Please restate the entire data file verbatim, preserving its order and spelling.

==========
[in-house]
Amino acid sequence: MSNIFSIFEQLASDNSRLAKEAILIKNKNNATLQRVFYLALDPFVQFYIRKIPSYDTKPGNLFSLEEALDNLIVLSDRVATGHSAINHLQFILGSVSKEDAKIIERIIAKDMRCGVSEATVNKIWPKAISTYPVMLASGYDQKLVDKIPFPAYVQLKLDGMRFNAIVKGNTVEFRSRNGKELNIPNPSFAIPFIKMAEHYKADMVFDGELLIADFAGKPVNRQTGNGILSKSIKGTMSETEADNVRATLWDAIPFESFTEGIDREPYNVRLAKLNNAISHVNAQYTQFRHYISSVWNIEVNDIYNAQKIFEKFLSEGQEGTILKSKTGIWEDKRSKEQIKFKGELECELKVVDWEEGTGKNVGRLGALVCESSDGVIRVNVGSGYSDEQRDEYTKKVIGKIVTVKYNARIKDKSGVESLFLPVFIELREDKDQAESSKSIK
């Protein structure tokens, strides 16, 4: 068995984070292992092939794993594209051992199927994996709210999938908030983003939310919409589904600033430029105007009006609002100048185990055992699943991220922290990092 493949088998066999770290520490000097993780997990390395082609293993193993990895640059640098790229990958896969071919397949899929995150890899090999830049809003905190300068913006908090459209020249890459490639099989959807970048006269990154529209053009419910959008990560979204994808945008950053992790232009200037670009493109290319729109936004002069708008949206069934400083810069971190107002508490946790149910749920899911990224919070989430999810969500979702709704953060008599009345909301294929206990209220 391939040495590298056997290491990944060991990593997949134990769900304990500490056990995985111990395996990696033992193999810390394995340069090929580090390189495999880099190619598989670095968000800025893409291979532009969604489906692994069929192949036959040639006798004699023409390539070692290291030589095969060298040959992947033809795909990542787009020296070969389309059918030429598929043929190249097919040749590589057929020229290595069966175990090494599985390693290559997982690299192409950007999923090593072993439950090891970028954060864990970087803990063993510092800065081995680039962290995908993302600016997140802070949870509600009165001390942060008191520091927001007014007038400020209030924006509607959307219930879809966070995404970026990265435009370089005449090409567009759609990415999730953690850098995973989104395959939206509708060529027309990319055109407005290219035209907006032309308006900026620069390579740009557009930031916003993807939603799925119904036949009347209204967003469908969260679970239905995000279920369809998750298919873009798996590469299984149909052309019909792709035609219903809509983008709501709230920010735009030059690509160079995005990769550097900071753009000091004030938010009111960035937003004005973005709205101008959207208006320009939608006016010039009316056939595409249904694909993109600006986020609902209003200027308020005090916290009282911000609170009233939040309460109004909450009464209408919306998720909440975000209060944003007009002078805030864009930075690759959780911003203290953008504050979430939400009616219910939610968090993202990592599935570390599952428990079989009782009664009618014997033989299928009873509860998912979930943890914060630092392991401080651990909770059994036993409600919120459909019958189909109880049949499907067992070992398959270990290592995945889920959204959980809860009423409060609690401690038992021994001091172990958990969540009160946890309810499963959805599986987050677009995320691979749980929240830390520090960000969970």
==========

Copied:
[in-house]
Amino acid sequence: MSNIFSIFEQLASDNSRLAKEAILIKNKNNATLQRVFYLALDPFVQFYIRKIPSYDTKPGNLFSLEEALDNLIVLSDRVATGHSAINHLQFILGSVSKEDAKIIERIIAKDMRCGVSEATVNKIWPKAISTYPVMLASGYDQKLVDKIPFPAYVQLKLDGMRFNAIVKGNTVEFRSRNGKELNIPNPSFAIPFIKMAEHYKADMVFDGELLIADFAGKPVNRQTGNGILSKSIKGTMSETEADNVRATLWDAIPFESFTEGIDREPYNVRLAKLNNAISHVNAQYTQFRHYISSVWNIEVNDIYNAQKIFEKFLSEGQEGTILKSKTGIWEDKRSKEQIKFKGELECELKVVDWEEGTGKNVGRLGALVCESSDGVIRVNVGSGYSDEQRDEYTKKVIGKIVTVKYNARIKDKSGVESLFLPVFIELREDKDQAESSKSIK
């Protein structure tokens, strides 16, 4: 068995984070292992092939794993594209051992199927994996709210999938908030983003939310919409589904600033430029105007009006609002100048185990055992699943991220922290990092 493949088998066999770290520490000097993780997990390395082609293993193993990895640059640098790229990958896969071919397949899929995150890899090999830049809003905190300068913006908090459209020249890459490639099989959807970048006269990154529209053009419910959008990560979204994808945008950053992790232009200037670009493109290319729109936004002069708008949206069934400083810069971190107002508490946790149910749920899911990224919070989430999810969500979702709704953060008599009345909301294929206990209220 391939040495590298056997290491990944060991990593997949134990769900304990500490056990995985111990395996990696033992193999810390394995340069090929580090390189495999880099190619598989670095968000800025893409291979532009969604489906692994069929192949036959040639006798004699023409390539070692290291030589095969060298040959992947033809795909990542787009020296070969389309059918030429598929043929190249097919040749590589057929020229290595069966175990090494599985390693290559997982690299192409950007999923090593072993439950090891970028954060864990970087803990063993510092800065081995680039962290995908993302600016997140802070949870509600009165001390942060008191520091927001007014007038400020209030924006509607959307219930879809966070995404970026990265435009370089005449090409567009759609990415999730953690850098995973989104395959939206509708060529027309990319055109407005290219035209907006032309308006900026620069390579740009557009930031916003993807939603799925119904036949009347209204967003469908969260679970239905995000279920369809998750298919873009798996590469299984149909052309019909792709035609219903809509983008709501709230920010735009030059690509160079995005990769550097900071753009000091004030938010009111960035937003004005973005709205101008959207208006320009939608006016010039009316056939595409249904694909993109600006986020609902209003200027308020005090916290009282911000609170009233939040309460109004909450009464209408919306998720909440975000209060944003007009002078805030864009930075690759959780911003203290953008504050979430939400009616219910939610968090993202990592599935570390599952428990079989009782009664009618014997033989299928009873509860998912979930943890914060630092392991401080651990909770059994036993409600919120459909019958189909109880049949499907067992070992398959270990290592995945889920959204959980809860009423409060609690401690038992021994001091172990958990969540009160946890309810499963959805599986987050677009995320691979749980929240830390520090960000969970």